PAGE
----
New Groove Blues could easily have been titled ‘Blue Coastal Breezes.’ The melodies caressed by the quartet made up of Steve Yeager on vibes, Tony Monaco on organ, Clay Moore on guitar, and Phil Hey on drums are brisk, sunny bright with an undercurrent of the blues. The pieces are mostly playful and light. The package feels like a windy amble down a sun-bleached boardwalk with the sounds and sights of a fading summer’s light.
Some of the pieces are well-worn like Burt Bacharach and Hal David’s ‘The Look of Love’ which recalls a bygone era and as such the quartet plays it as elegantly and stylishly as a character in a 1960’s Blake Edwards movie. Same goes with Kenny Dorham’s ‘Blue Bossa’ which is puckish and amiable as a Jack Lemmon character. Count Basie’s ‘Easy Does It’ is nice and easy as a cakewalk down to the waterfront.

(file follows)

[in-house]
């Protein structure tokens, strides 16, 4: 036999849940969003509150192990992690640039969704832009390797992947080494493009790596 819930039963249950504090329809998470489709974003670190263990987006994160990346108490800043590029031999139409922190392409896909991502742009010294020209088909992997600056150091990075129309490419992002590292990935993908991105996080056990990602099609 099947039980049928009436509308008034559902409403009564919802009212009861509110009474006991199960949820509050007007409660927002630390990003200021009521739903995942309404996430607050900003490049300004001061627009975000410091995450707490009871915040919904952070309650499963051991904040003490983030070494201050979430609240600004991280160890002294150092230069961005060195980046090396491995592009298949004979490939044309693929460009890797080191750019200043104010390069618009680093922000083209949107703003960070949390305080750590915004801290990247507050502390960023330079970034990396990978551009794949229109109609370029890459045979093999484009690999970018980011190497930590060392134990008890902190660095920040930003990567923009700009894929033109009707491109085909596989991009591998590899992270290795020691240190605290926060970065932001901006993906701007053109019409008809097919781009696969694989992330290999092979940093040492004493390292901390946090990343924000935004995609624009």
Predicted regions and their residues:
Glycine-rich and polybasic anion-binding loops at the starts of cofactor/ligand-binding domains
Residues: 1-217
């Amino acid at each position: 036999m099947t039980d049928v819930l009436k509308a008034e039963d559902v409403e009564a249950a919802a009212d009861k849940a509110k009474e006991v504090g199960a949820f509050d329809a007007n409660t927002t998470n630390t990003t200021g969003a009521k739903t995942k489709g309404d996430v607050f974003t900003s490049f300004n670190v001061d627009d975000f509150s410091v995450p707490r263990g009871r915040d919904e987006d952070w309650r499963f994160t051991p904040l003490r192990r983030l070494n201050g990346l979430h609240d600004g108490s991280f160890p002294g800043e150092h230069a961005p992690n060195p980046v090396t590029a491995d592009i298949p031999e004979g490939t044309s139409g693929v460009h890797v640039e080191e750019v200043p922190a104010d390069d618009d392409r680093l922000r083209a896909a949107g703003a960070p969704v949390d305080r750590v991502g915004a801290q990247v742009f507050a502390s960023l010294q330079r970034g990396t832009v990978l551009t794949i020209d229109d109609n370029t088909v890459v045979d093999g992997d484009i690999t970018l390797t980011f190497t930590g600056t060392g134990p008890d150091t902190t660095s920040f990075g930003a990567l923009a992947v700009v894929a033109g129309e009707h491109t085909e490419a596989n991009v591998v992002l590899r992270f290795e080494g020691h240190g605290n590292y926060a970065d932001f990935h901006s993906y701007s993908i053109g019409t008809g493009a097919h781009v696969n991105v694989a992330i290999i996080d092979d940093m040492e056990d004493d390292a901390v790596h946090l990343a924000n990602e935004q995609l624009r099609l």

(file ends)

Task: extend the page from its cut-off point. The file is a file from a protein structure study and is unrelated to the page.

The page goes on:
‘Old Devil Moon’ begins with an impish grin whereupon Yeager launches a wild and marvelous solo to be replaced by a devilish Monaco who is darker and gutsier. Roosevelt Willette’s ‘Face to Face’ is a funky and sassy romp featuring the nimbleness of Moore on guitar and Monaco on organ. Steve Yeager’s title track composition is intriguing. It shoots off sparks especially when Monaco gets going providing a noticeable counterpoint to Yeager.
The unusual combination of vibes and organ is intriguing but ultimately limiting. Within these limitations, the players are masterful. "New Groove Blues" is pleasant and easy, but rarely provocative.